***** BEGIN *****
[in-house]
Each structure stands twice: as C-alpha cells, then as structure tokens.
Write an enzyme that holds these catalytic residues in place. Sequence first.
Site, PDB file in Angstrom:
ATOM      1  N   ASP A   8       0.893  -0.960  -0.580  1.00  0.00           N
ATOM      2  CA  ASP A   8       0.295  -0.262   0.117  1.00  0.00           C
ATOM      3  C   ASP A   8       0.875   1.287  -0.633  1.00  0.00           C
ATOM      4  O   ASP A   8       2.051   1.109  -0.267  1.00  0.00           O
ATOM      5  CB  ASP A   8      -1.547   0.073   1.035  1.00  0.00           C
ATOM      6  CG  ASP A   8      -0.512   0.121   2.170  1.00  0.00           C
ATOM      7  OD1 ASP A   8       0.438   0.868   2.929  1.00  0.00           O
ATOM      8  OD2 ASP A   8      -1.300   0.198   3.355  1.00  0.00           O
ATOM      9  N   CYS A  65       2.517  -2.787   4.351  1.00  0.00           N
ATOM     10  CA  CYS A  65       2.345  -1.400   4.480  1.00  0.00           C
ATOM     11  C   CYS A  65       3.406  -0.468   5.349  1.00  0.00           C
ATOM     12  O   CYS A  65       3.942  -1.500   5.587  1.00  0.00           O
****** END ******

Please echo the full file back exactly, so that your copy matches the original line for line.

[in-house]
Each structure stands twice: as C-alpha cells, then as structure tokens.
Write an enzyme that holds these catalytic residues in place. Sequence first.
Site, PDB file in Angstrom:
ATOM      1  N   ASP A   8       0.893  -0.960  -0.580  1.00  0.00           N
ATOM      2  CA  ASP A   8       0.295  -0.262   0.117  1.00  0.00           C
ATOM      3  C   ASP A   8       0.875   1.287  -0.633  1.00  0.00           C
ATOM      4  O   ASP A   8       2.051   1.109  -0.267  1.00  0.00           O
ATOM      5  CB  ASP A   8      -1.547   0.073   1.035  1.00  0.00           C
ATOM      6  CG  ASP A   8      -0.512   0.121   2.170  1.00  0.00           C
ATOM      7  OD1 ASP A   8       0.438   0.868   2.929  1.00  0.00           O
ATOM      8  OD2 ASP A   8      -1.300   0.198   3.355  1.00  0.00           O
ATOM      9  N   CYS A  65       2.517  -2.787   4.351  1.00  0.00           N
ATOM     10  CA  CYS A  65       2.345  -1.400   4.480  1.00  0.00           C
ATOM     11  C   CYS A  65       3.406  -0.468   5.349  1.00  0.00           C
ATOM     12  O   CYS A  65       3.942  -1.500   5.587  1.00  0.00           O